Scottish Land & Estates (SLE) has accused the Scottish Government/ Riaghaltas na h-Alba of lacking “guidance and leadership” on the incoming changes to home energy efficiency – putting unnecessary pressure on Scotland’s private rental sector.
And the SFHA says its now vital that funding is increased for social landlords so they can continue to help the government to meet its ambitious fuel poverty targets.
SLE has written an open letter to the Scottish Government urging them to immediately publish the finalised regulations and guidance for the Energy Efficiency (Private Rented Property) (Scotland) Regulations 2019, which are intended to assist landlords in making the required energy efficiency changes to their rental properties.
“We are extremely concerned that this delay in guidance from the Scottish Government could lead to some of rural Scotland’s vital private rented homes being sold or becoming holiday homes,” said Marcelina Hamilton, Policy Adviser (Rural Business & Property).
“Landlords are currently being left in limbo as they await the finalised regulations for energy efficiency.
“The longer we wait for the guidance to be published, the more difficult it will be for landlords to make the required changes on time.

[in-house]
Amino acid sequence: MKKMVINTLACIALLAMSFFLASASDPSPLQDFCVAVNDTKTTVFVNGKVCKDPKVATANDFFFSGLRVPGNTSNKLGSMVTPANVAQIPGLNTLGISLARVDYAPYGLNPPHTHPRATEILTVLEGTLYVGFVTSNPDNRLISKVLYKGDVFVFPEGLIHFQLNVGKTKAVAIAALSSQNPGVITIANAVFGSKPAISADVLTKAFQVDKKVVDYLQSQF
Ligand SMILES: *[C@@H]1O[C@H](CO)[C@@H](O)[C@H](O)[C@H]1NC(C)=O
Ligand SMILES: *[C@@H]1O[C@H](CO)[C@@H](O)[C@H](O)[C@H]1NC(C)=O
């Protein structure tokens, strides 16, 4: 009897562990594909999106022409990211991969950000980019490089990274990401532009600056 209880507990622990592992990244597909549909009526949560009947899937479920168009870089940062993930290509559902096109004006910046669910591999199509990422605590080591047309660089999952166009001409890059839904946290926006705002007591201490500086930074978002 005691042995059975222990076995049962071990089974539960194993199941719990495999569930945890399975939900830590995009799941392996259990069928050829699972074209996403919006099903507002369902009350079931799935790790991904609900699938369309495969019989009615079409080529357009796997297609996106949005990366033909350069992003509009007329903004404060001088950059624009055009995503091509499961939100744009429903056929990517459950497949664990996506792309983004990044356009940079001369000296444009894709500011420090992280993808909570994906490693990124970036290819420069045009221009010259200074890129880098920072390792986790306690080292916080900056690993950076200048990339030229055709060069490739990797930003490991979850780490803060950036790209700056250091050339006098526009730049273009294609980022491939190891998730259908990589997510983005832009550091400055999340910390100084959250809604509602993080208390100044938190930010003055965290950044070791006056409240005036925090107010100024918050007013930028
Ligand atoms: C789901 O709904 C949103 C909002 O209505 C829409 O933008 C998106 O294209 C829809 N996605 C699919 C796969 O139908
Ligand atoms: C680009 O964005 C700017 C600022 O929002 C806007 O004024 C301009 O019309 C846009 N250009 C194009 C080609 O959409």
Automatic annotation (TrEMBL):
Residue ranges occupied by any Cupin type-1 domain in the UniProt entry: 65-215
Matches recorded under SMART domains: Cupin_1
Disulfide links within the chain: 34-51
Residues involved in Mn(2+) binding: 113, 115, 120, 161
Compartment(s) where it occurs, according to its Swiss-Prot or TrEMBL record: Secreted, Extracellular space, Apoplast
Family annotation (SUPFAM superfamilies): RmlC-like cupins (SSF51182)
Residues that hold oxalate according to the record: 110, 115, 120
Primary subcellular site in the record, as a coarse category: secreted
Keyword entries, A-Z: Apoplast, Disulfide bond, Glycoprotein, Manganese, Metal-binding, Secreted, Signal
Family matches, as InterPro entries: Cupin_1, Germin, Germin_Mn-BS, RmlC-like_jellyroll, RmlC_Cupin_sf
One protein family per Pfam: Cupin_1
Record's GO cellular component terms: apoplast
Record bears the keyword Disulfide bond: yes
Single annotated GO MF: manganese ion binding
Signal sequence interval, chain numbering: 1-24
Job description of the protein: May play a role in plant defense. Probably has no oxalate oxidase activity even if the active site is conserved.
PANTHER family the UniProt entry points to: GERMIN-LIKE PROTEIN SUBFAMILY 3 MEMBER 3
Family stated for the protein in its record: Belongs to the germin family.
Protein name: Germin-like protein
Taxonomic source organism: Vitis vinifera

“It is unreasonable to expect landlords to undertake significant energy improvement works before the regulations and guidance have even been published,” she said.
The newly released Scottish House Condition Survey: 2018 showed a 7% decrease in housing association tenants living in extreme fuel poverty.
But social tenants are 19% more likely to be in fuel poverty compared to those living in the private sector – this is despite energy efficiency levels being higher in the social housing sector.
Last year, an SFHA survey found an increase in the number of tenants experiencing, or at risk of, fuel poverty – rising energy prices and welfare reform were cited as reasons.
“No one should be struggling to afford to heat their home or living in fuel poverty, the UK Government must take urgent action to raise social security in line with inflation to ensure no-one has to choose between heating or eating,” said SFHA chief executive Sally Thomas.
“Housing associations and co-operatives are working hard to make their homes more energy efficient and to reduce the cost of heating them for their tenants.
“However, it is vital that funding is increased for social landlords so they can continue to help the government to meet its ambitious fuel poverty targets.
“Additional funding is required for both the installation of energy efficiency measures and face to face advice, which is crucial to addressing fuel poverty,” she said.
As reported by 24housing, the Scottish Government has committed to renewable or low carbon heating in new homes.
New regulations are being developed to ensure all new homes use renewable or low-carbon heating from 2024.